US Congressional hearing: Donald Lu dubs Imran’s cipher allegation ‘conspiracy theory, complete falsehood’

Published March 20, 2024
US Assistant Secretary of State Donald Lu testifies before a subcommitte of the US House Committee on Foreign Affairs on Wednesday. — House Foreign Affairs Committee Republicans Youtube
US Assistant Secretary of State Donald Lu testifies before a subcommitte of the US House Committee on Foreign Affairs on Wednesday. — House Foreign Affairs Committee Republicans Youtube

US Assistant Secretary of State Donald Lu on Wednesday termed the allegations against him — which formed the crux of the ‘cablegate’ cipher controversy — by former prime minister Imran Khan as a “conspiracy theory, lie and complete falsehood”.

Lu is the diplomat whose supposed warning to former Pakistan Ambassador to the US Asad Majeed was the subject of a cipher sent by the envoy to Islamabad. It was the same document that the PTI founder used to allege a US conspiracy to oust his government in 2022. Imran is currently on trial for mishandling the same confidential document.

This matter is often raised during US State Department news briefings by journalists from both Pakistan and the US. The department consistently refutes these allegations as baseless.

Testifying today before a subcommittee of the US House Committee on Foreign Affairs, at a hearing titled ‘Pakistan After the Elections: Examining the Future of Democracy in Pakistan and the US-Pakistan Relationship’, Lu was questioned about the allegations and his assessment of them.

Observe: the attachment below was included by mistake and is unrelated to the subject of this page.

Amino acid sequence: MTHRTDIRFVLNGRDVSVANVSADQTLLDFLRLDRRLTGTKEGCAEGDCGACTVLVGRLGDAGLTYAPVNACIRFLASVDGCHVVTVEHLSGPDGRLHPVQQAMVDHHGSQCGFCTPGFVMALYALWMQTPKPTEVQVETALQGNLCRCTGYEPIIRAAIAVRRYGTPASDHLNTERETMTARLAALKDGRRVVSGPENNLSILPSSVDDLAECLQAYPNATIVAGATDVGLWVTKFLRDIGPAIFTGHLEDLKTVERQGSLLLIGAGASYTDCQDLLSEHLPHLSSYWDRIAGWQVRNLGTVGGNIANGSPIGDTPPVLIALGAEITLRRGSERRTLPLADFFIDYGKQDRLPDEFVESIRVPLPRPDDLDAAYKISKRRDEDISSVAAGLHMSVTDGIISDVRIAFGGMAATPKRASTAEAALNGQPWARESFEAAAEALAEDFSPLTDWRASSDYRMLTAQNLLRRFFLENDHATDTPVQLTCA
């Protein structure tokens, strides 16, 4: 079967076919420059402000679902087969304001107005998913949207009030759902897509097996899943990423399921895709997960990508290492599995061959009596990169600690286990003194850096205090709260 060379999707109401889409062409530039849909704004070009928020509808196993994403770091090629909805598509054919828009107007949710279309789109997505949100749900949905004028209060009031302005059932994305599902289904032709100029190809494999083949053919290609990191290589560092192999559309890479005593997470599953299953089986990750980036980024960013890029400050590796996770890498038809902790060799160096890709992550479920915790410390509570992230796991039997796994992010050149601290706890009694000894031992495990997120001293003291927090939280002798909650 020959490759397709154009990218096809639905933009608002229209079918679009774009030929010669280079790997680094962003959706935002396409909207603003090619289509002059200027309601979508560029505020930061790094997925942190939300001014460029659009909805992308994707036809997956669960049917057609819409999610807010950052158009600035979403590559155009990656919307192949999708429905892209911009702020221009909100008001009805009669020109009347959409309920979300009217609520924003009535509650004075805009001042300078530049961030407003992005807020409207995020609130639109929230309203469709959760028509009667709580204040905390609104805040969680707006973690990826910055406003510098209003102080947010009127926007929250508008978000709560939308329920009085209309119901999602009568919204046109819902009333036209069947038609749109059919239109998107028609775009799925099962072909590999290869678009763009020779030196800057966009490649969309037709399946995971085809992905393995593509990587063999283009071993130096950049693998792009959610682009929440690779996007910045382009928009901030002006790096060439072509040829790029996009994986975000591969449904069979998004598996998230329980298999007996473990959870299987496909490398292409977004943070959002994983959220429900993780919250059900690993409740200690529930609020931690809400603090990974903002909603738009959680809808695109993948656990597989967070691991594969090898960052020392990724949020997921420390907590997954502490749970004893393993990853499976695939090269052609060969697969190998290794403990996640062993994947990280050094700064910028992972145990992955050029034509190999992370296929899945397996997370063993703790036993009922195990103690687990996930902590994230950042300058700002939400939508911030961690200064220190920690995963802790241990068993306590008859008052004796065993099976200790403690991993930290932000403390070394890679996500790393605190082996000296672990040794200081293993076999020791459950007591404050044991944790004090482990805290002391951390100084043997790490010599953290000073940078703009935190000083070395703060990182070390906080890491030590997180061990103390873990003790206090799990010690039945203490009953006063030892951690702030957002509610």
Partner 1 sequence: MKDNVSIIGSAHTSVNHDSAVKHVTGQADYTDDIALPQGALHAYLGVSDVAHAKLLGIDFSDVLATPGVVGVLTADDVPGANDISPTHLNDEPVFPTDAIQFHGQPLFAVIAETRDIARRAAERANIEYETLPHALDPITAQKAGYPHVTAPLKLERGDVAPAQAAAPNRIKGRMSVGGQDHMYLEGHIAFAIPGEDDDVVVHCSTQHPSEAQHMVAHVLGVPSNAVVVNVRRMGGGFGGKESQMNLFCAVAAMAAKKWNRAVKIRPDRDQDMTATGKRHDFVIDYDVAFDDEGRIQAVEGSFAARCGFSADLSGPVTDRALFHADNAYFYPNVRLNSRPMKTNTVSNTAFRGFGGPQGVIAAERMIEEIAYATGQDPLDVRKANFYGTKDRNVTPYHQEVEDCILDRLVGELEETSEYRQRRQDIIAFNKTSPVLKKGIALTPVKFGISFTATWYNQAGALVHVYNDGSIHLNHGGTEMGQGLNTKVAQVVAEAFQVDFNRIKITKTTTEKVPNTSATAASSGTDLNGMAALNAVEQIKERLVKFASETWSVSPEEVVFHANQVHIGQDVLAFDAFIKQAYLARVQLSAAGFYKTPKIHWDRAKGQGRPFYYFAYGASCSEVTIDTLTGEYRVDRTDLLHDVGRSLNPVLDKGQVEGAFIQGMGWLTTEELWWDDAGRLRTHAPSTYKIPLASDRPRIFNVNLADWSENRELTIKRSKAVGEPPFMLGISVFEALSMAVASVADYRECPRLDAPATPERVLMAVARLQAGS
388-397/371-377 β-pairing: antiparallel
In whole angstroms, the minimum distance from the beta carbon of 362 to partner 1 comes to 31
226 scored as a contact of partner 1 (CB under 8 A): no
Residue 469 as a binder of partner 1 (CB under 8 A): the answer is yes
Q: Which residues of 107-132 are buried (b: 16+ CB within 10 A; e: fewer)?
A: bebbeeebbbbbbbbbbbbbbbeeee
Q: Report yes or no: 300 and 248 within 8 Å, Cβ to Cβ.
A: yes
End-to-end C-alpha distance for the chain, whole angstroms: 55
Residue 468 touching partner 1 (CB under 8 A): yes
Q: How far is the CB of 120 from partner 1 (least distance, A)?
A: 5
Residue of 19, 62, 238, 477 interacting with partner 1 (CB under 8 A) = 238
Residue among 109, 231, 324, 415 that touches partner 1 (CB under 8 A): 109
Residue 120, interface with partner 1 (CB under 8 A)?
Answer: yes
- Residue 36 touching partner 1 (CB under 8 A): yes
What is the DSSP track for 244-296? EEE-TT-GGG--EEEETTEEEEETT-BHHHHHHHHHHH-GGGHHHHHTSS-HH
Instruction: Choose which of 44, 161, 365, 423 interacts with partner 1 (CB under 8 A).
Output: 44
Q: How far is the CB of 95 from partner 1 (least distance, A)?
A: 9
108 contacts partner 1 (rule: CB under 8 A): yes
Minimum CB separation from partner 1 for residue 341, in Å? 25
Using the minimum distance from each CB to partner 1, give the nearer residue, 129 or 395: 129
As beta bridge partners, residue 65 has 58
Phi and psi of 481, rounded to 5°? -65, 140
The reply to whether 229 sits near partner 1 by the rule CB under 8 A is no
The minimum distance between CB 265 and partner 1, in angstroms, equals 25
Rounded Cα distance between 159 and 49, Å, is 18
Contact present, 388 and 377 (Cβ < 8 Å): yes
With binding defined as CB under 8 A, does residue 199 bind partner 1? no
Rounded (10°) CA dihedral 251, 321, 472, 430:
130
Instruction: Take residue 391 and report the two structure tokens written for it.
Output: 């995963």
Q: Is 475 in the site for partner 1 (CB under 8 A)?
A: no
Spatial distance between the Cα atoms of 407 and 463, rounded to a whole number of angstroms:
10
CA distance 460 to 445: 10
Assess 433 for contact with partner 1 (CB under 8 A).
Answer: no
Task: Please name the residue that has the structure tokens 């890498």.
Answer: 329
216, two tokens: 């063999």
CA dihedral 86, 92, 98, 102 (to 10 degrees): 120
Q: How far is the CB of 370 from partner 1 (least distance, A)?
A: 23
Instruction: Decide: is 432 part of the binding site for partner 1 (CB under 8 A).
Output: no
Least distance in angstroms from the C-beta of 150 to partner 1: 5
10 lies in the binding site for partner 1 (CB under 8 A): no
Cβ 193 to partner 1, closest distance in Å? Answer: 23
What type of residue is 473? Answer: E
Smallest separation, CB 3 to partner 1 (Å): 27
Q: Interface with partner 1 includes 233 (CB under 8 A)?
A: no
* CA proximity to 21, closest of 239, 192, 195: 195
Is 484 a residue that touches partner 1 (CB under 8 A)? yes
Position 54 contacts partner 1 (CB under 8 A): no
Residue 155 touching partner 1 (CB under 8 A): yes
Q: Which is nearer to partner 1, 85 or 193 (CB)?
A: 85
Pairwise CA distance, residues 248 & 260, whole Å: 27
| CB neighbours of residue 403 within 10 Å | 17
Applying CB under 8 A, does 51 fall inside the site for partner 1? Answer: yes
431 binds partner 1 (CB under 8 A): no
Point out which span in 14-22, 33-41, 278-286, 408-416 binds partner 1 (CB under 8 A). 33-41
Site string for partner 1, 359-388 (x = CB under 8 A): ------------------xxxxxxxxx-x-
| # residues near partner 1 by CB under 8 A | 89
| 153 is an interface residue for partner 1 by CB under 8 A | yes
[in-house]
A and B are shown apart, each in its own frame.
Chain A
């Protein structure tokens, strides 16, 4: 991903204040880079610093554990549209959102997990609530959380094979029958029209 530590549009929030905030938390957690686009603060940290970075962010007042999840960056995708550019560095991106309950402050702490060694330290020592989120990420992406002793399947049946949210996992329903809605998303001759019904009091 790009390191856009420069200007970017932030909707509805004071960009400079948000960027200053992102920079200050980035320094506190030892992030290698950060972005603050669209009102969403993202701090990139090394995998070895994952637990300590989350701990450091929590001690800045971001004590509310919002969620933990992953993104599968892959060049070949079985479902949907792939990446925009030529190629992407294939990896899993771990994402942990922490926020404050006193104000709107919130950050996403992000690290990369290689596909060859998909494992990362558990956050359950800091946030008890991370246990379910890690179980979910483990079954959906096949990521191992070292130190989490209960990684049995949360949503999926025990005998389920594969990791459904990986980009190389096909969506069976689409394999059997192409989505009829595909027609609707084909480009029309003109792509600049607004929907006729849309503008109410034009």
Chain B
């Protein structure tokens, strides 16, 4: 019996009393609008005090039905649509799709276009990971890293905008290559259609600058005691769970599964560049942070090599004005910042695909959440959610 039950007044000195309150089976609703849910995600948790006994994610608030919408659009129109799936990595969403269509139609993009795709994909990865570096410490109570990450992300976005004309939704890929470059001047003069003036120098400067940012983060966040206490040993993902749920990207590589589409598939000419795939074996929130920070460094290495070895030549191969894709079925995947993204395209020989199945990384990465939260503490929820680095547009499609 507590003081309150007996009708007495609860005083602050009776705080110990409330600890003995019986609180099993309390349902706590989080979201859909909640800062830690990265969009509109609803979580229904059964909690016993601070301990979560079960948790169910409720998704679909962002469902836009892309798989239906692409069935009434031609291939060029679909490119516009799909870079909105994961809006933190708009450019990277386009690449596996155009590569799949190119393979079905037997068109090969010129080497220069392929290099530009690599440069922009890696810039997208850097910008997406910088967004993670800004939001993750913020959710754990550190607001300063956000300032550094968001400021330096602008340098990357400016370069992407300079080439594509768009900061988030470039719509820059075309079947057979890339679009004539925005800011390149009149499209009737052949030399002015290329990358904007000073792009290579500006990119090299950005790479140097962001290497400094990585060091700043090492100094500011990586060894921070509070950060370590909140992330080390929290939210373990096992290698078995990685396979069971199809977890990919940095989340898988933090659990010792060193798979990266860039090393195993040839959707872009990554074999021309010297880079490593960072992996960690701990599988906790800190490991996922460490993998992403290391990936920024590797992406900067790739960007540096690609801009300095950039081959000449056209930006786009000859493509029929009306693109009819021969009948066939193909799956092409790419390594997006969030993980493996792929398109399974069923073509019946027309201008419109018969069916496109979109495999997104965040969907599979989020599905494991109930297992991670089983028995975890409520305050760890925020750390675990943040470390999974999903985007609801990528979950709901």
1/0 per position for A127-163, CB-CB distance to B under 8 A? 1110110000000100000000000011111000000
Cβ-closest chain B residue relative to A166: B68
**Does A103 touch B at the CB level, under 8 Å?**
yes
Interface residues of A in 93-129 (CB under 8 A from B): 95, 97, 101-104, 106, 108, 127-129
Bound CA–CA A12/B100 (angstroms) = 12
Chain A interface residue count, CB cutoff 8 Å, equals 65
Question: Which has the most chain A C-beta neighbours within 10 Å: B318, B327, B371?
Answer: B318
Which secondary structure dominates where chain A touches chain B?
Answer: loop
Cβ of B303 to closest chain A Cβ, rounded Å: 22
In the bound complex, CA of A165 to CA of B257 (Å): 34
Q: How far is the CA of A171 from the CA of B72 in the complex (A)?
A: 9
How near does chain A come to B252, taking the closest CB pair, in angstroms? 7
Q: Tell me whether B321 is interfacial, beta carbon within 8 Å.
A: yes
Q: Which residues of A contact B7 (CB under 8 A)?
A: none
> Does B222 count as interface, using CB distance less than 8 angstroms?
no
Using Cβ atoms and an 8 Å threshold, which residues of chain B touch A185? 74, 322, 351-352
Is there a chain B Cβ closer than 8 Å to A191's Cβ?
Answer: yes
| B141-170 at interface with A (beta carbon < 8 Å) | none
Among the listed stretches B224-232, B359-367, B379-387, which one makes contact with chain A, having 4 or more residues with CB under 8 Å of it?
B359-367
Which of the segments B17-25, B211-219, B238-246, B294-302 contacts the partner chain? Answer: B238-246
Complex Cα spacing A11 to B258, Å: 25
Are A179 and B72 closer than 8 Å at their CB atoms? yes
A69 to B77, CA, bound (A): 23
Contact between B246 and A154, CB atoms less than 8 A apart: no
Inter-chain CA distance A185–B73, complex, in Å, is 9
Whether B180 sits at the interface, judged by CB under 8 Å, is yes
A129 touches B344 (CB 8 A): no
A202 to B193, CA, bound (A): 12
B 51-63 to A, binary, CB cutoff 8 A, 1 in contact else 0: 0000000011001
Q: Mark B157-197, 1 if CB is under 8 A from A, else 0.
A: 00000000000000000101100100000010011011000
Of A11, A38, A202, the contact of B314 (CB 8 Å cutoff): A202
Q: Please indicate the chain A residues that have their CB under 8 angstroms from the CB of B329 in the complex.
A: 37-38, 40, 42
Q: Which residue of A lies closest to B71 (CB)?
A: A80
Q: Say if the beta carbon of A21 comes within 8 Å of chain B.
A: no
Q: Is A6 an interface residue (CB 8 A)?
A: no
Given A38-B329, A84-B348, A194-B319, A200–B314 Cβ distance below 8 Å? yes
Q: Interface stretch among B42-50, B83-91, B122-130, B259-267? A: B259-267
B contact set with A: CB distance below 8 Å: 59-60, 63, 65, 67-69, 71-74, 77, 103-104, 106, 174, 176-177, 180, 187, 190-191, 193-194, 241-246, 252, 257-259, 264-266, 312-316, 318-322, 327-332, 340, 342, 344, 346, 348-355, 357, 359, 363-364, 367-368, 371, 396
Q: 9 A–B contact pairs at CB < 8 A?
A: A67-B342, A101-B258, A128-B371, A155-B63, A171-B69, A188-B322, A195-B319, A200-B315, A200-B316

In response, Lu said: “I want to be very clear on this point. These allegations — this conspiracy theory — is a lie. It is a complete falsehood. I have reviewed the press reporting related to this, what is called the cipher in Pakistan, the alleged leaked diplomatic cable from the embassy here.

“It is not accurate. At no point does it accuse the US government or me personally of taking steps against Imran Khan. And thirdly, the other person in the meeting, the then-ambassador of Pakistan to the US, has testified to his own government that there was no conspiracy.”

During Lu’s response, he was heckled by a person attending the proceedings who called him a “liar” while chants of “Free Imran Khan” were also heard.

Lu said that the US respected Pakistan’s sovereignty and the principle of the Pakistani nation choosing its own leaders through a democratic principle. The conclusion of his response was met by a loud commotion of hecklers against his remarks, who dubbed him a “liar”.

Lu said the allegations against him over the last two years had led to regular death threats against him and his family. “There is a line of acceptability and I think at times, some of the free speech has verged into threats of violence which is not acceptable in our society,” he added.

Meanwhile, another US lawmaker questioned Lu if the United States asked for Imran to be removed from power after his visit to Russia to which Lu responded in the negative.

Lu was also asked about his alleged role in Pakistan’s “regime change” after the PTI government was ousted to which he said: “I was absolutely not involved, nor were any Americans, in that process.”

Disruption of social media platform X

Representative Gabe Amo asked Lu about issues related to press freedom and access to social media platforms to which the latter responded that one of the most “damaging things” witnessed was the restriction on social media.

“When the internet gets pulled down or X gets throttled, as it has been now for several weeks, it denies Pakistanis from getting the kind of diversity of reporting information that they deserve. We are talking to the Pakistani government at the highest levels about these issues.”